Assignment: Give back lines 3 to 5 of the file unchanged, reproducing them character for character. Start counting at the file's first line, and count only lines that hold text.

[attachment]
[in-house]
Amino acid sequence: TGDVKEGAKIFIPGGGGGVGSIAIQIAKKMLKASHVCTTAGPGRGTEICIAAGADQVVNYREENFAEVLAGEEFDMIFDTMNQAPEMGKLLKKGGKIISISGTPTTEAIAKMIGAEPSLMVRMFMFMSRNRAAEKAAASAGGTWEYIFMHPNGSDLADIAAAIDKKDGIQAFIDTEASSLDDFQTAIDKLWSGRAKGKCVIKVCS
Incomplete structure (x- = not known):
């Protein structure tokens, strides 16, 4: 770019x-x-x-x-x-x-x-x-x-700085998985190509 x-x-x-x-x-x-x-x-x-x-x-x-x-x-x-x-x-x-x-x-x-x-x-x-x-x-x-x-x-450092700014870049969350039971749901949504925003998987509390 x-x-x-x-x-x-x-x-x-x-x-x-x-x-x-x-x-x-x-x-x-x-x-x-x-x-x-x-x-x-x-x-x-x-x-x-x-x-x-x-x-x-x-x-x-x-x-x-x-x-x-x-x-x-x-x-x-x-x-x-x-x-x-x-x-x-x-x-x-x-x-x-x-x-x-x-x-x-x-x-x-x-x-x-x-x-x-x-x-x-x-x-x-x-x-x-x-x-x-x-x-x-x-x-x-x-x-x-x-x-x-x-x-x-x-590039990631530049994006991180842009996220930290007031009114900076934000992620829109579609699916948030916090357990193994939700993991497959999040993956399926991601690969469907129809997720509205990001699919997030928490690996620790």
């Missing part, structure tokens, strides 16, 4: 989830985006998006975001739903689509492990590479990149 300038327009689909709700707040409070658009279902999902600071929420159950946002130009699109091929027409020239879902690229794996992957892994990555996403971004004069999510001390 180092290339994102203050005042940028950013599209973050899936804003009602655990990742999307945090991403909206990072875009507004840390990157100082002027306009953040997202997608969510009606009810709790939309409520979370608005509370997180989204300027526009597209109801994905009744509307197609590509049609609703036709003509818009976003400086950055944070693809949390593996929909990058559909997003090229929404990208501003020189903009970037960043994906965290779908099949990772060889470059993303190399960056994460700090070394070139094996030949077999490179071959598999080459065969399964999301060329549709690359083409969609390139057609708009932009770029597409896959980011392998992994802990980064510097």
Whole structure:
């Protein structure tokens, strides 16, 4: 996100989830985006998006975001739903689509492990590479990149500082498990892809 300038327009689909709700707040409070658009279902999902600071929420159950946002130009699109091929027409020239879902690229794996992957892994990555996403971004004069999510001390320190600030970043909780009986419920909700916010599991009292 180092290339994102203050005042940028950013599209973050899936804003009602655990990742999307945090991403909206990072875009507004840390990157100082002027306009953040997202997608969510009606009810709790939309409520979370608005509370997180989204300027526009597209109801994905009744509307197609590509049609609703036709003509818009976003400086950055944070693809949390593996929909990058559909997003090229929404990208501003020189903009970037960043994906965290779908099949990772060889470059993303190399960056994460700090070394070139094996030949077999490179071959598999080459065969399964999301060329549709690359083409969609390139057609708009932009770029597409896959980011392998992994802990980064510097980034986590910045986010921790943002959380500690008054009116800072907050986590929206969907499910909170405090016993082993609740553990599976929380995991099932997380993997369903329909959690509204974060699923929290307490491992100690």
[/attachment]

Incomplete structure (x- = not known):
């Protein structure tokens, strides 16, 4: 770019x-x-x-x-x-x-x-x-x-700085998985190509 x-x-x-x-x-x-x-x-x-x-x-x-x-x-x-x-x-x-x-x-x-x-x-x-x-x-x-x-x-450092700014870049969350039971749901949504925003998987509390 x-x-x-x-x-x-x-x-x-x-x-x-x-x-x-x-x-x-x-x-x-x-x-x-x-x-x-x-x-x-x-x-x-x-x-x-x-x-x-x-x-x-x-x-x-x-x-x-x-x-x-x-x-x-x-x-x-x-x-x-x-x-x-x-x-x-x-x-x-x-x-x-x-x-x-x-x-x-x-x-x-x-x-x-x-x-x-x-x-x-x-x-x-x-x-x-x-x-x-x-x-x-x-x-x-x-x-x-x-x-x-x-x-x-x-590039990631530049994006991180842009996220930290007031009114900076934000992620829109579609699916948030916090357990193994939700993991497959999040993956399926991601690969469907129809997720509205990001699919997030928490690996620790």
């Missing part, structure tokens, strides 16, 4: 989830985006998006975001739903689509492990590479990149 300038327009689909709700707040409070658009279902999902600071929420159950946002130009699109091929027409020239879902690229794996992957892994990555996403971004004069999510001390 180092290339994102203050005042940028950013599209973050899936804003009602655990990742999307945090991403909206990072875009507004840390990157100082002027306009953040997202997608969510009606009810709790939309409520979370608005509370997180989204300027526009597209109801994905009744509307197609590509049609609703036709003509818009976003400086950055944070693809949390593996929909990058559909997003090229929404990208501003020189903009970037960043994906965290779908099949990772060889470059993303190399960056994460700090070394070139094996030949077999490179071959598999080459065969399964999301060329549709690359083409969609390139057609708009932009770029597409896959980011392998992994802990980064510097």